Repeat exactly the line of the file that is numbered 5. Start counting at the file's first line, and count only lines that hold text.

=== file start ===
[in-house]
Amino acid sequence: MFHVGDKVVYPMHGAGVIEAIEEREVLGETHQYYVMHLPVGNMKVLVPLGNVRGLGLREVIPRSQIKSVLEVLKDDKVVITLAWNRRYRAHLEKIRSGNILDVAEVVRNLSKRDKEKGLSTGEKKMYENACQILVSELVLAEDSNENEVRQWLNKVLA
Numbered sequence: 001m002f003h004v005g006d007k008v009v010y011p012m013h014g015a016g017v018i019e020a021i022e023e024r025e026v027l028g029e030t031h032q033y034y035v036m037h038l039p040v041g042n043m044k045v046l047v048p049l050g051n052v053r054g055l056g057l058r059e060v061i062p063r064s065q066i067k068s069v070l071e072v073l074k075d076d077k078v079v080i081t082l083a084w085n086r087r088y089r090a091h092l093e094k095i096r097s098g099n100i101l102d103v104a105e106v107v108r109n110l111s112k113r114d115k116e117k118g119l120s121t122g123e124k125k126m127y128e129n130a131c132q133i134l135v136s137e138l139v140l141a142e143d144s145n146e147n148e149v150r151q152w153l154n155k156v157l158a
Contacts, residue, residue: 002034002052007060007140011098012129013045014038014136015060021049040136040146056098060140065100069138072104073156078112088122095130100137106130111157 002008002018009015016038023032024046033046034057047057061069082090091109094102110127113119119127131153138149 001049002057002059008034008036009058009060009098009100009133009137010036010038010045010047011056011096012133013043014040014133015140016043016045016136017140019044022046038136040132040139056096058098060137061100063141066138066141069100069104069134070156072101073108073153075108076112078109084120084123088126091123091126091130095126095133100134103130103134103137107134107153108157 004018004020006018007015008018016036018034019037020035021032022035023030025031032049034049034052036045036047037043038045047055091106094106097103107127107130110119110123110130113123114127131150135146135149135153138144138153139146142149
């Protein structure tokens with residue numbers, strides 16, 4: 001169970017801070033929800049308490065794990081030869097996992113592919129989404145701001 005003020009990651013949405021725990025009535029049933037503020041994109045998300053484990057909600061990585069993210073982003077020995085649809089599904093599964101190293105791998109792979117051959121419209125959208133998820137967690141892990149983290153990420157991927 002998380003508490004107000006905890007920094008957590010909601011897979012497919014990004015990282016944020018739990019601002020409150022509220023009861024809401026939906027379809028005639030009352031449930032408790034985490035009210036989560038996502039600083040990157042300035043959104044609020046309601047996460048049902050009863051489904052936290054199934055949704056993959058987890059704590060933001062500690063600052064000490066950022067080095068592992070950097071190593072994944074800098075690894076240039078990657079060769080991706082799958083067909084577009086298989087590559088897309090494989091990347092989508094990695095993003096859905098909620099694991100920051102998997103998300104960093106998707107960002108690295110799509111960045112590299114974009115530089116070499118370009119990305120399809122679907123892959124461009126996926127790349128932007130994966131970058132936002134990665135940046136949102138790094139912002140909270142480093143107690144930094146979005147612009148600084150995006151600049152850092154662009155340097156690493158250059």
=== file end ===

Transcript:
């Protein structure tokens with residue numbers, strides 16, 4: 001169970017801070033929800049308490065794990081030869097996992113592919129989404145701001 005003020009990651013949405021725990025009535029049933037503020041994109045998300053484990057909600061990585069993210073982003077020995085649809089599904093599964101190293105791998109792979117051959121419209125959208133998820137967690141892990149983290153990420157991927 002998380003508490004107000006905890007920094008957590010909601011897979012497919014990004015990282016944020018739990019601002020409150022509220023009861024809401026939906027379809028005639030009352031449930032408790034985490035009210036989560038996502039600083040990157042300035043959104044609020046309601047996460048049902050009863051489904052936290054199934055949704056993959058987890059704590060933001062500690063600052064000490066950022067080095068592992070950097071190593072994944074800098075690894076240039078990657079060769080991706082799958083067909084577009086298989087590559088897309090494989091990347092989508094990695095993003096859905098909620099694991100920051102998997103998300104960093106998707107960002108690295110799509111960045112590299114974009115530089116070499118370009119990305120399809122679907123892959124461009126996926127790349128932007130994966131970058132936002134990665135940046136949102138790094139912002140909270142480093143107690144930094146979005147612009148600084150995006151600049152850092154662009155340097156690493158250059």